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Honolulu Marathon - training from behind the curve

October 17, 2017

Training doesn't always go to plan so here's our 3 top tips to get back on track:
 

1) Don’t be tempted to play ‘catch up’  

 

If you have missed some training sessions, the temptation to squeeze those into the following week is strong. Unfortunately this tactic can often make you run slower because your body won’t get the recovery it needs between runs.

 

Here’s why:

 

All good training programs are periodized, which means are they are made up of progressive cycles and phases of training. The sessions in each week are designed to complement each other so you can reach the best possible performance, and ensure you recover sufficiently after each session. By adding in ‘unscheduled’ sessions you will unbalance your training program and give your body more work or stress than in can handle, increasing your risk of getting injured.

If you do need to miss a session, don’t worry about it and just move on to the next one in your plan. Mbiton’s Adaptive Coaching Engine is designed specifically to make the most out of the time you have left to train, giving you a sensible achievable plan till race day.

 

2) Don’t worry about being able to run the race distance before the big day

 

The long run is one of the most crucial parts of your training preparation for a marathon, as it will ensure you can run the distance on race day. But ultimately the most important focus is on the quality of your training not the quantity.
 
So how far should you run in training?
 
In training many runners feel the need to hit the 22 mile stone before race day. But depending on your speed it’s not always a good idea to be racking up the miles.

 

Here’s why:

 

The majority of the physiological stimuli of a long run occurs between 1 hour 30 minutes and 2 hours 30 mins - this is when you get the key fitness benefits. Running for 3+ hours starts to have a negative affect as your muscles will start to break down and fatigue will set in, which in turn leads to a significant delay in recovery time. This delay in recovery will affect your ability to complete other important workouts in your plan, and the quality of your training will start to diminish.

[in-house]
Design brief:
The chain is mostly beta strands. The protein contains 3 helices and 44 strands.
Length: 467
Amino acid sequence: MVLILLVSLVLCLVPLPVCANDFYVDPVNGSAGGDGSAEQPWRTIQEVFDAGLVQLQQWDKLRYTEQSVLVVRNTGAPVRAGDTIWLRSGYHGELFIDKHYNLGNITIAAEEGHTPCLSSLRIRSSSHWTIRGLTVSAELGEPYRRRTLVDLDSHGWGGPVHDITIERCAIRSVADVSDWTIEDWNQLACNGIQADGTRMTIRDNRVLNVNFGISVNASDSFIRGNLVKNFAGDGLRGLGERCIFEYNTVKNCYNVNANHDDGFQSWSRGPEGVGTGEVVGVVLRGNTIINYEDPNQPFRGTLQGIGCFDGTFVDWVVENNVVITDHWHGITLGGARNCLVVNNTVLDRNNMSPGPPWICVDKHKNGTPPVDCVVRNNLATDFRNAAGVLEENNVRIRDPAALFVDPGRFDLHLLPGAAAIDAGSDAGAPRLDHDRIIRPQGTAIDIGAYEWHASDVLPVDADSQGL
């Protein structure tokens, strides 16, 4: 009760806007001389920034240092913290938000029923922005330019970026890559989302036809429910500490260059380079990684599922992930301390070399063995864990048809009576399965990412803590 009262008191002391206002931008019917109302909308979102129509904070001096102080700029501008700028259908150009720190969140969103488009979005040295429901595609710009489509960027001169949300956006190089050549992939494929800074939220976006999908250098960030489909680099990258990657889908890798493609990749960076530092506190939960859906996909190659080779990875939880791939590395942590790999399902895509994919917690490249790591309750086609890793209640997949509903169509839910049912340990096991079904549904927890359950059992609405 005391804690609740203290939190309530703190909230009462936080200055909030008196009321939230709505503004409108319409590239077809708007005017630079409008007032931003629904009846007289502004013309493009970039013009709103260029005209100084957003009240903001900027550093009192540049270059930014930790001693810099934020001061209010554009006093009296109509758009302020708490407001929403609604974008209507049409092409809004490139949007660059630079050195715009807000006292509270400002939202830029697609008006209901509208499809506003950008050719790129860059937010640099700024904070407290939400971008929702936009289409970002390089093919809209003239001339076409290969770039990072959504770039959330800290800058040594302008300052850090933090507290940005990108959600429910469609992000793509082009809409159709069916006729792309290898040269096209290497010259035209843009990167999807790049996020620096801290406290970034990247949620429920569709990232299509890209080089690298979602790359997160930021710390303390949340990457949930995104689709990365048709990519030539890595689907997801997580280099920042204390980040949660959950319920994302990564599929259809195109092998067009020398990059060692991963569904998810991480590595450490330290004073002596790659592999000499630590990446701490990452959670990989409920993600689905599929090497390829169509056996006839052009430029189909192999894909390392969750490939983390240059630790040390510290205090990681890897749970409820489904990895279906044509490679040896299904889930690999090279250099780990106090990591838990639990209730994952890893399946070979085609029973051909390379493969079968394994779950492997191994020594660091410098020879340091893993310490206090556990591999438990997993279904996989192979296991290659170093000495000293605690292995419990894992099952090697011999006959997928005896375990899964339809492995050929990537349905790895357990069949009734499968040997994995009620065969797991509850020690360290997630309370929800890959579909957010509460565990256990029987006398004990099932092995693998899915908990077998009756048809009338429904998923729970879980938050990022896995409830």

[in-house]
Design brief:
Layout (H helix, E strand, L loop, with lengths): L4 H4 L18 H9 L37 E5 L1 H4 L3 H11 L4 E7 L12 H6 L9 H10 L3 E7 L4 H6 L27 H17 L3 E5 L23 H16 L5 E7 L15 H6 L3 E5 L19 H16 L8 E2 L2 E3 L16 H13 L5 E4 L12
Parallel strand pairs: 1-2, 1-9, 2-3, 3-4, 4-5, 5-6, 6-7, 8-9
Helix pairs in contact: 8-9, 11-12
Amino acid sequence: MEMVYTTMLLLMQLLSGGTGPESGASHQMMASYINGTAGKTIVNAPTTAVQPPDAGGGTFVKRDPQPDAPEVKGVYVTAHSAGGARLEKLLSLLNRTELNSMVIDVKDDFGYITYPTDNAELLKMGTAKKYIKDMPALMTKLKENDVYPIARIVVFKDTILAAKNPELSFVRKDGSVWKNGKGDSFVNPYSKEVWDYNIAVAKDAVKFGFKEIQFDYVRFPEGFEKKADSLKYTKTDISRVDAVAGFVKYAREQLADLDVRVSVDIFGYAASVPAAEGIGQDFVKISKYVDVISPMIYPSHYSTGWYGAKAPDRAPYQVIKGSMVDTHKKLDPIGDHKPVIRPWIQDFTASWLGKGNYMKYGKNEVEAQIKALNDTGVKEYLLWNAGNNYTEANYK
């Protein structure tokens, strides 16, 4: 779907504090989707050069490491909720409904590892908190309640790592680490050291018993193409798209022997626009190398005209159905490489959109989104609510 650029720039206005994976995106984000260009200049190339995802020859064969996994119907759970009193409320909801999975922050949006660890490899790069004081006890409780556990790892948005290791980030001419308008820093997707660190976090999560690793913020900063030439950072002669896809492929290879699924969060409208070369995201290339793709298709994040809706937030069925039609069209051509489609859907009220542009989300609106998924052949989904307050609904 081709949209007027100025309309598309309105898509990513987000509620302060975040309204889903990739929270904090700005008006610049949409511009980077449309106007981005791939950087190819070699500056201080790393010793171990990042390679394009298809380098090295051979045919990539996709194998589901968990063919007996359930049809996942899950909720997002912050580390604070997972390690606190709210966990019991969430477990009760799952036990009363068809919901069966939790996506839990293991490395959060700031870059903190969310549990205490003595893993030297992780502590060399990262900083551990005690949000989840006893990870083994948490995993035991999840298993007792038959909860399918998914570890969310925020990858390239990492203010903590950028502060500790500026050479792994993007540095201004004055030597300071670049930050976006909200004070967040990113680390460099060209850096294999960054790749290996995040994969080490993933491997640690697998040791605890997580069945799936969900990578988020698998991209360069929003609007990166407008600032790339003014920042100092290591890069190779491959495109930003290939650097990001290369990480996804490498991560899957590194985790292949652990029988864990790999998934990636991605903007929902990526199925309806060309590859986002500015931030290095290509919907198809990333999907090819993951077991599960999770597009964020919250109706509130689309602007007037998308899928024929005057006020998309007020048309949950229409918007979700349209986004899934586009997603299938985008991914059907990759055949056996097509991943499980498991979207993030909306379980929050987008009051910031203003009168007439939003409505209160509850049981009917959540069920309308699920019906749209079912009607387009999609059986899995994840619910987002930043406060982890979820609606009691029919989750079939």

Also running long distance is tiring, and puts a significant amount of repetitive stress on the body. So it’s not surprising that the chances of injury also increase as the mileage ramps up.
 
To get the most training benefits, the key is to focus on the time you’re running per session not the mileage. You’re better off doing 4-5 shorter quality sessions per week rather than 2-3 long sessions that will take you longer to recover from.

 

3) Conditioning your body - when walking is better than running

 

Hippocrates was right when he said ‘walking is man’s best medicine’. If you’re struggling to run continuously in your longer runs or have a niggle or two, don’t worry, walking can be an excellent addition to your training schedule.​

 

Here’s 2 reasons why:
 

> The challenge when you get injured is maintaining and improving fitness. We can still make fitness gains however - and the good news is that walking quickly does just that. It elevates your heart rate and also works all the major muscles groups you use when running.
 
Top tip:  Find a hill or two to walk up as this will work your body harder - you will be amazed at the fitness you will have retained when you’re back running.
 
> Walking activates our posterior kinetic chain, the muscles behind us - the back of our legs, bottom (glutes), back etc. However to run efficiently we want to use our front muscles in tandem with our back muscles. But because we spend a lot of the day sitting down, are posterior muscles become lazy. So when we go out for a run we tend to overuse the front muscles like our quads and hip flexors and underuse our glutes and hamstrings.
 
Top tip: You can increase the use of your rear muscles by walking with a long stride. When you’re back running you may find you have more power because you are able to utilise your posterior chain better!
 

There are still many training gains you can make in 8 weeks, and the great news is it’s not too late to continue with your Mbition plan or set up a new one. If you need any help with your training, please sign-in and talk to one of our coaches via the in-app chat.

 

 

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